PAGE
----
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Mod to reduce output

Discussion in 'Pickups & Electronics [BG]' started by Low Key, Dec 5, 2018.


  1. Low Key

    Low Key Supporting Member

    Feb 2, 2007
    Chicago
    Two of my hotter active EQ humbucker basses tend to overload the input of DIs, effects and amps (basses are EBMM Bongo and Stingray). Is there a bass wiring or modification that can be done to reduce max volume a few dB? I'm curious about changes to the bass instead of having to use effects, pedals and input adjustments everywhere I go. My most recent DI has to have the input volume almost all the way down or else it clips.

    It's true that I can simply turn down the volume on the bass, but that's a variable setting that will be tough to make consistent verses having it all the way up. If there was a way to add a detent to a volume pot, perhaps that would also work.
     
  2. Warpeg

    Warpeg Supporting Member

    Jun 20, 2005
    Ohio
    Get a volume knob with numbers on it and a regular ol' Kluson knob pointer (ie. Common Gibson setup). Beyond that, you'd need a DPDT toggle on your output and have to experiment with various values of resistor until you found one that meets your needs.
     
    saabfender likes this.
  3. MrCash

    MrCash

    Jan 16, 2016
    Lower the pickups. I've found that by far the easiest way to tame extra gain. Often just lowering the volume doesn't work well.
     
    cataract, Pilgrim, Chrisk-K and 3 others like this.
  4. There is no gain with pickups, since they are the source. To have gain you need an input & a higher output.
    Never actually tried it, but I think installing pots that are half the value of the current ones should do it.
    (specifically the volume pot)
     
  5. MrCash

    MrCash

    Jan 16, 2016
    Without pickups there is no gain :wacky:.
     
  6. Without pickups there is no source or output, but without an input & and output there is no gain.
     
  7. MrCash

    MrCash

    Jan 16, 2016
    You could argue the pickups are the first stage as the source is the strings. Lowering pickups produces a less hot signal, giving the same effect as lowering gain. Pickups near strings produce a hotter signal to the next stage be it an active pre amp or to the amp pre. The effect is like turning up gain.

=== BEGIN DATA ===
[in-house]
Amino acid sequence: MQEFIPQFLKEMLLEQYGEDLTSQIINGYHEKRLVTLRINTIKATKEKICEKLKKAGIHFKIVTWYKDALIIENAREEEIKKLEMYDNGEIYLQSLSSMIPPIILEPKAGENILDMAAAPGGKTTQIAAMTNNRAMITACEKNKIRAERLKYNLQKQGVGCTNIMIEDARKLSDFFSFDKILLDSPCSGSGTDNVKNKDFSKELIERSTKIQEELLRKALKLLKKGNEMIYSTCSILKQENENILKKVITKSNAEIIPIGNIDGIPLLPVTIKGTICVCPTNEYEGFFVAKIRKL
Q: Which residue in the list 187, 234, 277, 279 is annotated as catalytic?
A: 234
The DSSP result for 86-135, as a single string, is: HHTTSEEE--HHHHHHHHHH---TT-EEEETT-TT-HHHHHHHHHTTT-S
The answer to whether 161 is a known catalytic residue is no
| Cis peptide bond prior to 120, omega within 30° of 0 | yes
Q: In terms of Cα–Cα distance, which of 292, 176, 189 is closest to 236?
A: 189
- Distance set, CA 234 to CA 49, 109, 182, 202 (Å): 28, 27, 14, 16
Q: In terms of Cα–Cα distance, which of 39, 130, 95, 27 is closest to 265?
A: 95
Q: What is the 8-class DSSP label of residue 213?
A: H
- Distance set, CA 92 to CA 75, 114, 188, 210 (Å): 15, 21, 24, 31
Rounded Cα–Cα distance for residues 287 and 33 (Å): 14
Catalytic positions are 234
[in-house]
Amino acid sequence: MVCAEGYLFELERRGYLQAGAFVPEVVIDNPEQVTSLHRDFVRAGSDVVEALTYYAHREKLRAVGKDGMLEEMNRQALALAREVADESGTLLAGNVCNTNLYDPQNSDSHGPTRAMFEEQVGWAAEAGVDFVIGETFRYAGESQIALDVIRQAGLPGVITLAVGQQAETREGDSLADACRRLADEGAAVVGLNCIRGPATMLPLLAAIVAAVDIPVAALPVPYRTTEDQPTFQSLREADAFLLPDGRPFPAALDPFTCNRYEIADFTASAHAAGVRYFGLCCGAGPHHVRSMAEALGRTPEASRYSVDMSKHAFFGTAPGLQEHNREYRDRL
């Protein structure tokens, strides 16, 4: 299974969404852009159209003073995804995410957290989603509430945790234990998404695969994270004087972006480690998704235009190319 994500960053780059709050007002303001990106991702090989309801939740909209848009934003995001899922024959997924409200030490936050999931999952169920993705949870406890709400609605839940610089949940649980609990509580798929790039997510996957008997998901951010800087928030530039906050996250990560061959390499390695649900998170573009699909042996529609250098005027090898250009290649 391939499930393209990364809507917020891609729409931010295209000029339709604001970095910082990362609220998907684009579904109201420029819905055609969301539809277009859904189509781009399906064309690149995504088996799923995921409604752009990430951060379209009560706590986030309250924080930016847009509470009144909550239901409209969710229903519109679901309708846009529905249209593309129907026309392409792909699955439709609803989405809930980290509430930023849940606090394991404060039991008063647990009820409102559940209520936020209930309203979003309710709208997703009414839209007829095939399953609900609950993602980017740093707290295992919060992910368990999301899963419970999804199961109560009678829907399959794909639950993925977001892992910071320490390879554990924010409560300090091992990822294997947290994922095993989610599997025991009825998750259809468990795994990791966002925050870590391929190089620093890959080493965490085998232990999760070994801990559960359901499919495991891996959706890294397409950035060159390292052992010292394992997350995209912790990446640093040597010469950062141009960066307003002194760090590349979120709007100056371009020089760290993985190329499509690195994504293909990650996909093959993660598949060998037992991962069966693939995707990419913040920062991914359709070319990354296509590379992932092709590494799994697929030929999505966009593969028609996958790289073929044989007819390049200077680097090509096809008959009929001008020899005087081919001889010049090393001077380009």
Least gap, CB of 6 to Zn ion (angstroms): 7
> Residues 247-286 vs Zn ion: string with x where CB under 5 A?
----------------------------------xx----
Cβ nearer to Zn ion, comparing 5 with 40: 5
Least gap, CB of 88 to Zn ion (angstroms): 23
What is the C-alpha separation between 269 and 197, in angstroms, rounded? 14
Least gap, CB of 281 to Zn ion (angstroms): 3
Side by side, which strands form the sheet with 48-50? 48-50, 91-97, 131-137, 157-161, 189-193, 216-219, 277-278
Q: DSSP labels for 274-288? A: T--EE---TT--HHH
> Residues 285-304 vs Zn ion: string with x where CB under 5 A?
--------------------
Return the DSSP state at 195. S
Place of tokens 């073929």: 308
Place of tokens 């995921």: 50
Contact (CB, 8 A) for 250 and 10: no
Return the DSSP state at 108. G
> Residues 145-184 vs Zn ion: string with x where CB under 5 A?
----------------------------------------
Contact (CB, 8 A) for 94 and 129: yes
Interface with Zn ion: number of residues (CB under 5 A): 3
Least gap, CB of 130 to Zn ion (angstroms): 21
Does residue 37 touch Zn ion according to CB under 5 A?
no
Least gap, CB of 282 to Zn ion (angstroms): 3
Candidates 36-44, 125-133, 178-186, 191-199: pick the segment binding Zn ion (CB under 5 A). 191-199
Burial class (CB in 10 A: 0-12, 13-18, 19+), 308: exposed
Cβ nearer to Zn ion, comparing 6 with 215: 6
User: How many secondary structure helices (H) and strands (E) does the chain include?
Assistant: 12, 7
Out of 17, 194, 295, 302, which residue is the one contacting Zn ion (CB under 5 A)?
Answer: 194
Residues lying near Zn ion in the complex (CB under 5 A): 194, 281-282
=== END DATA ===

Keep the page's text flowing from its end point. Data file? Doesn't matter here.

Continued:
lowplaces likes this.
  8. If the gain is 1.1 & you lower the pickups, the gain remains 1.1.
    The source changes.
     
    n1as likes this.
  9. DiabolusInMusic

    DiabolusInMusic Functionless Art is Merely Tolerated Vandalism Supporting Member

    Swapping pots out on an EBMM isn't as easy as on a Fender.

    OP, does your D.I. not have a pad switch?
     
    BlueMINI likes this.
  10. I know next to nothing about Music-Man stuff, they don't have a gain control on the preamp?
     
  11. MrCash

    MrCash

    Jan 16, 2016
    The ratio might remain the same technically but the signal from the source (the string) actually goes down.
     
    lowplaces likes this.
  12. You explain it much better :smug:
     
  13. My Bongo is the same way, I just turn the input and output down a bit on my empress compressor.
     
  14. I have removed my postings from this thread because they were misplaced and not relevant to the discussion. My first mistake was in responding to a thread that I had not read in its entirety. To the Talkbass members in general, I apologize.

    My second mistake was to let matters not related to the thread creep into the discussion. This was not the time or place to say the things I said to you KBD, and for that I also apologize.
     
    Last edited: Dec 6, 2018
    Jim C likes this.
  15. If you put in a 10K Ohm volume pot, I'll bet the volume drops considerably.
    One lug of the pot is the input from the pickup, the other end is chassis ground.
    The less resistance between the two, the lower the output is going to be.
     
  16. Chrisk-K

    Chrisk-K

    Jan 20, 2010
    Maryland, USA
    Get a volume pedal, set it to your liking and secure the pedal position with a tape.
     
  17. lowphatbass

    lowphatbass **** Supporting Member

    Feb 25, 2005
    west coast
    IMO, any DI used for a bass should be able to easily handle the signal, just like any amp should. Companies like EB make ‘em hot for a reason. It’s a characteristic of the bass, not something I’d try to adjust by any means other than turning the volume down. Lowering pickups will usually change the tone, swapping pots cat have all sorts of effects...I’m not saying either is bad, just that it’s probably easier to get a good DI and keep it in your gig bag.
     
  18. wmhill

    wmhill

    Aug 20, 2012
    upstate NY
    MTD basses endorsed artist Bartolini pickups emerging artist TECAMP bass players gear endorsed
    screw those pickups all the way down. If they have foam under em, remove that and screw em in further
     
  19. Don't a lot of volume pedals have a knob for calibrating them?
    If you've got one like that, you could just calibrate it to attenuate the right amount.
     

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